AMA, CHIME air ‘concerns’ about Stage 3
January 14, 2013 in Medical Technology
The American Medical Association (AMA) and College of Healthcare Information Management Executives (CHIME) have both submitted comments to the Office of the National Coordinator for Health Information Technology (ONC), laying out their concerns about – and suggestions for – meaningful use Stage 3.
“The AMA shares the administration’s goal of widespread EHR adoption and use, but we again stress our continuing concern that the meaningful use program is moving forward without a comprehensive evaluation of previous stages to resolve existing problems,” said AMA Board Chair Steven J. Stack, MD, in a statement.
[See also: Federal panel begins work on Stage 3 meaningful use]
“A full evaluation of past stages and more flexible program requirements will help physicians in different specialties and practice arrangements successfully adopt and use EHRs,” he added.
In its letter to National Coordinator Farzad Mostashari, MD, the AMA offered five concerns and recommendations to improve the meaningful use incentive program.
First, the association questioned the lack of an external, independent review process, which it insisted was necessary to improve and inform the future of meaningful use. The Centers for Medicare Medicaid Services (CMS) and ONC “have not evaluated the meaningful use program,” wrote AMA’s executive vice president and CEO James Madara, MD. “Given the concerns raised with the current program, an external, independent evaluation is necessary to improve and inform the future of the program.”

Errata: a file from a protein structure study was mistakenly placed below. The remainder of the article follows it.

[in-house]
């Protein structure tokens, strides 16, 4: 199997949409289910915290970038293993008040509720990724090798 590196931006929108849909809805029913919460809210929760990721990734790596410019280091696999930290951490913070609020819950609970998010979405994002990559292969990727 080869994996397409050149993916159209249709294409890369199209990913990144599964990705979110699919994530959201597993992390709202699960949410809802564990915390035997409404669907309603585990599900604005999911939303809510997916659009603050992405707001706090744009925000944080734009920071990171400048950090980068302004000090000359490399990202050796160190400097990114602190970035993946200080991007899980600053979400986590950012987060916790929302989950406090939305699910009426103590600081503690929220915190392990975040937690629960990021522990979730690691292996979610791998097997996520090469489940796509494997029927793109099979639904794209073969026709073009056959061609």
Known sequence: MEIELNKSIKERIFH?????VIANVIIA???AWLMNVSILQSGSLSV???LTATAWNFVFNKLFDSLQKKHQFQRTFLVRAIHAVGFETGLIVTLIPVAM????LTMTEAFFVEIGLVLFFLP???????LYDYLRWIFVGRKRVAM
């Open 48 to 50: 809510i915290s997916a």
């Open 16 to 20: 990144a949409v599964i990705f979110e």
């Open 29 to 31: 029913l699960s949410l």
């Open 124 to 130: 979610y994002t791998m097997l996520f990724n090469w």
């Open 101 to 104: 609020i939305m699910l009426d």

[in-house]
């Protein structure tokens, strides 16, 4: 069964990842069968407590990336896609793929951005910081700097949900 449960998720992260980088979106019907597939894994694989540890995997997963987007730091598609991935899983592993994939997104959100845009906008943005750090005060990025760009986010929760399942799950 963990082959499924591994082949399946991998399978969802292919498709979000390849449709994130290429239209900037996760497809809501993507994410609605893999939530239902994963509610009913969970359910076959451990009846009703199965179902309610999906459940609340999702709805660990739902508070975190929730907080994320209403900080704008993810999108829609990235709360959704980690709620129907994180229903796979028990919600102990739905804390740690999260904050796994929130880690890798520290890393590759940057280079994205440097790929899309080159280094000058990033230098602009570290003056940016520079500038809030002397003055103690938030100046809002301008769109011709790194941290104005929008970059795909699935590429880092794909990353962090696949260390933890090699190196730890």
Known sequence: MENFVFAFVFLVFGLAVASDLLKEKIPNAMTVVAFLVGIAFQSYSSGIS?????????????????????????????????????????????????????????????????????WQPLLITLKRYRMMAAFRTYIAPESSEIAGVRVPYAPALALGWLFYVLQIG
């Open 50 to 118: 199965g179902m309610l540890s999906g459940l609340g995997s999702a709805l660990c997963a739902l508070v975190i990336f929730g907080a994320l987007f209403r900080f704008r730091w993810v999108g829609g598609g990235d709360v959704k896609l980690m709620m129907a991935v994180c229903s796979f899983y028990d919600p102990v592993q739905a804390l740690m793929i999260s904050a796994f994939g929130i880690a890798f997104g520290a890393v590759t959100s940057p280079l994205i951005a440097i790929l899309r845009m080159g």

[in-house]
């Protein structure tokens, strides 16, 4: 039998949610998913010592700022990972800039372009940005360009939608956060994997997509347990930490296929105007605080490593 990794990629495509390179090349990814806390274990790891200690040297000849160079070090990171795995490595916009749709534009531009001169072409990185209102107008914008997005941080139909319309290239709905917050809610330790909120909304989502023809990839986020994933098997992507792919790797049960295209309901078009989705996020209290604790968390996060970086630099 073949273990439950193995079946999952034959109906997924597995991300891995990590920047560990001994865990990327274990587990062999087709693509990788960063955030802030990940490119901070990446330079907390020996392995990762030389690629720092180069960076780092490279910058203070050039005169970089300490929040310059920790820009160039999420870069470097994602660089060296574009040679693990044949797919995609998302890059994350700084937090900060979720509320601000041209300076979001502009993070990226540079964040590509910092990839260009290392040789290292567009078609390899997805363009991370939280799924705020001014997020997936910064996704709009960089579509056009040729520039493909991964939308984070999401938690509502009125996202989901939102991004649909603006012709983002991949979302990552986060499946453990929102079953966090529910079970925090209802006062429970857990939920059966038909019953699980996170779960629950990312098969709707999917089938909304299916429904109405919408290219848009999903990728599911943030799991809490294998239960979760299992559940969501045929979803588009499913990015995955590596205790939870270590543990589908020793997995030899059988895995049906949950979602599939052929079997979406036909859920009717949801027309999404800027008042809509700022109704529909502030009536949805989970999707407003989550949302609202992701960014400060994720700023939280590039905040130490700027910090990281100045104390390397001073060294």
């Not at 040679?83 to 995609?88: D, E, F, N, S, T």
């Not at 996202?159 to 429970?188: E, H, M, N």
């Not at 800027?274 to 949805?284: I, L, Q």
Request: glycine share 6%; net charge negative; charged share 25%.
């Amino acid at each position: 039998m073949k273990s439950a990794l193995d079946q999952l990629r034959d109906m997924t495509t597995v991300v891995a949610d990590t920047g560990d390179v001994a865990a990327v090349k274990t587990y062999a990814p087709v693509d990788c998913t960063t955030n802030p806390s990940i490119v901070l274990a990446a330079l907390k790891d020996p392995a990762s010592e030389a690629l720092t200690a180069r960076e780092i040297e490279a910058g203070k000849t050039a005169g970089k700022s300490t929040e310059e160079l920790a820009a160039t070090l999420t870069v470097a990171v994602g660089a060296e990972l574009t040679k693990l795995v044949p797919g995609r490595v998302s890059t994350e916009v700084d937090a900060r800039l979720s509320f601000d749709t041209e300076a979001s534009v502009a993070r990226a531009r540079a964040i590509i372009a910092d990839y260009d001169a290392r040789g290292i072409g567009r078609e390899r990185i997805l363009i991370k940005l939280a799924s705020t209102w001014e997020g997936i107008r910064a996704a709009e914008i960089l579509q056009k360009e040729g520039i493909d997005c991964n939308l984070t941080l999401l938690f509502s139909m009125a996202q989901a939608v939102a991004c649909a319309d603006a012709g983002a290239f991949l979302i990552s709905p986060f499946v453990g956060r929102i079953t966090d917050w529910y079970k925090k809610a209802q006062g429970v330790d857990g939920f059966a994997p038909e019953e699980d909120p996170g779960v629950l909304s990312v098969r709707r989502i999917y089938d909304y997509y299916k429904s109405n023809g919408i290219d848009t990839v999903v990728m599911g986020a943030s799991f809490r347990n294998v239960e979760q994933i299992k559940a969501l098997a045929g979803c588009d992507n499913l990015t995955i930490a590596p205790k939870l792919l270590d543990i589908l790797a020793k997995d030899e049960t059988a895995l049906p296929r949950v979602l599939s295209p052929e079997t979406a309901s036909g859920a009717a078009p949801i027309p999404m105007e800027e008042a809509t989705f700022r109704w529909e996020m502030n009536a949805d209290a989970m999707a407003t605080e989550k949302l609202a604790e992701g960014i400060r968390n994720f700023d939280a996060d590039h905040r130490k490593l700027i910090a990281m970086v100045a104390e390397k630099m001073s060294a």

Moreover, he wrote, “We believe that it is a serious mistake to keep adding stages and requirements to the meaningful use program without evaluating Stage 1 of the program. In addition, an evaluation should occur between each stage of the meaningful use program and prior to finalizing the requirements for the next stage.”
[See also: Stage 3 goes for more rigor]
AMA also argues that a 100 percent pass rate was the wrong approach. “The current and future meaningful use requirements are problematic, given that failing to meet just one measure by one percent would make a physician ineligible for incentives and subject to financial penalties. The measures for use of EHRs should be made reasonable and achievable and still have a meaningful impact.”
Relatedly, the associaton is expressing qualms about ONC’s “one-size-fits-all” approach, calling for more flexible program requirements that take different practice patterns and specialties into consideration.
“Under the current program, every physician regardless of their specialty must meet the same measures (i.e., core measures), and there are few exceptions,” according to the letter. “The program requirements should be appropriately flexible and better structured to accommodate various practice patterns and specialties. Also, additional resources and time to develop and test e-specified electronic measures focused on outcomes must be allotted to ensure successful implementation of the meaningful use program.”
Usability was another chief concern. AMA called for the EHR certification process to address physician’s concerns about design and ease of use.